We heard many similar things between this admissions seminar and the one at Emory. However we did learn a few new things. For example, Georgia Tech does not look at SAT II’s, AP scores, letters of recommendation, or class rank when considering your application. They mostly just look at a student’s curriculum in high school and test scores, as well as the personal essays. I also learned that when researching colleges outside of your home state, you should look up the common high school required courses in that state. I learned that in Georgia, they require four years of science, where as in California, only 2 are required, and three are recommended.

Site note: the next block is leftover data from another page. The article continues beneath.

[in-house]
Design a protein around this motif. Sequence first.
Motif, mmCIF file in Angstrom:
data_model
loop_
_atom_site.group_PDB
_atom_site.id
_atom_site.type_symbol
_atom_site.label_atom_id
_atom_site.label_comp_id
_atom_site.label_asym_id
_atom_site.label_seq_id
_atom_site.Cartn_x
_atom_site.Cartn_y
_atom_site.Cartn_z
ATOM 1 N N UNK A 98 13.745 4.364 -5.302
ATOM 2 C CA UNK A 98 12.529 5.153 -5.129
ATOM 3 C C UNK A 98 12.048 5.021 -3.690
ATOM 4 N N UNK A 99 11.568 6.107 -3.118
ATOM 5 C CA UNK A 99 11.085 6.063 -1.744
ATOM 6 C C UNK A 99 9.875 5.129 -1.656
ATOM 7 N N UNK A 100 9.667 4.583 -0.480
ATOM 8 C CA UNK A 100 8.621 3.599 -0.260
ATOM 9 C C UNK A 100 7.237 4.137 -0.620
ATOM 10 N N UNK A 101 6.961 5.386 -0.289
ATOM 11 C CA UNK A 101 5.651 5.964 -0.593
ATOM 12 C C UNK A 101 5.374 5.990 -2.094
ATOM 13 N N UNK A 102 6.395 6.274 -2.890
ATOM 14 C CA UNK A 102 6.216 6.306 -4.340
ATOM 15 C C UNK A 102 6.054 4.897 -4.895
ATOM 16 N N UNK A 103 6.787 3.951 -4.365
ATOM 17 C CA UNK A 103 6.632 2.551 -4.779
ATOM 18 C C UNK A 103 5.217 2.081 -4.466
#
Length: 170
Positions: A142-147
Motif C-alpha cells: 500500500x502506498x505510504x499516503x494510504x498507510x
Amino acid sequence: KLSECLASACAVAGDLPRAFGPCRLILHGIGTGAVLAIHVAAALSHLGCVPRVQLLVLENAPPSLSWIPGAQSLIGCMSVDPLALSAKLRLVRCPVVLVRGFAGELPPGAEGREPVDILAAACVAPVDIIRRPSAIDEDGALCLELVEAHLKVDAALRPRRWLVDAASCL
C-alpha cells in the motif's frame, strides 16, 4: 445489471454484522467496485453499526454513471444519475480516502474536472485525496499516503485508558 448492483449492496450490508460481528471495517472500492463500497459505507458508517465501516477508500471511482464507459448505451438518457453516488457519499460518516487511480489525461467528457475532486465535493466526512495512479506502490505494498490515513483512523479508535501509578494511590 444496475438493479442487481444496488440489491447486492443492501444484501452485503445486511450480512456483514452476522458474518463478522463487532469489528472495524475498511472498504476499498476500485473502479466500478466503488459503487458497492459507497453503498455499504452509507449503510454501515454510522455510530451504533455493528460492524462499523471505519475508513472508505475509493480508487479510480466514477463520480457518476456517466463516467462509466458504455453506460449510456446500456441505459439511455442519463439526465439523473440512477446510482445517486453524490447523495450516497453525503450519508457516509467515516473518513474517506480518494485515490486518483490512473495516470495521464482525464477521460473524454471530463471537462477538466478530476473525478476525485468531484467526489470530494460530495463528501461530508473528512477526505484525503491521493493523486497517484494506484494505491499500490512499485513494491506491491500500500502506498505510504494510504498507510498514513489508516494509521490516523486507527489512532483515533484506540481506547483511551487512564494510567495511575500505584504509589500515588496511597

On a personal note, I do not think Georgia Tech is the right school for me. Though I thought the campus was beautiful, I thought that the social aspect was lacking compared to other colleges. It seemed like Georgia Tech was more of a serious school, mostly focusing on just academics, whereas Emory, which I greatly enjoyed, was also a serious school, but also had a large social atmosphere to it. To me, Emory seems more welcoming, with more freedom and fun both with classes and other activities. A more active and lively environment is personally more of what I’m looking for in a college.

Finding a spot to grab grub is always fun to do. We came across an American food joint called the Varsity, similar to the food place back home called Sonic. The waiters came to the car to take our order. I noticed the cool hats the waiters had, and asked if we could have a few. He ended up giving us five of these stylish paper hats, and a pamphlet of the restaurant’s menu lingo. For future reference, a “Bag of Rags” means potato chips in a bag, and a “Joe-ree” is coffee with cream.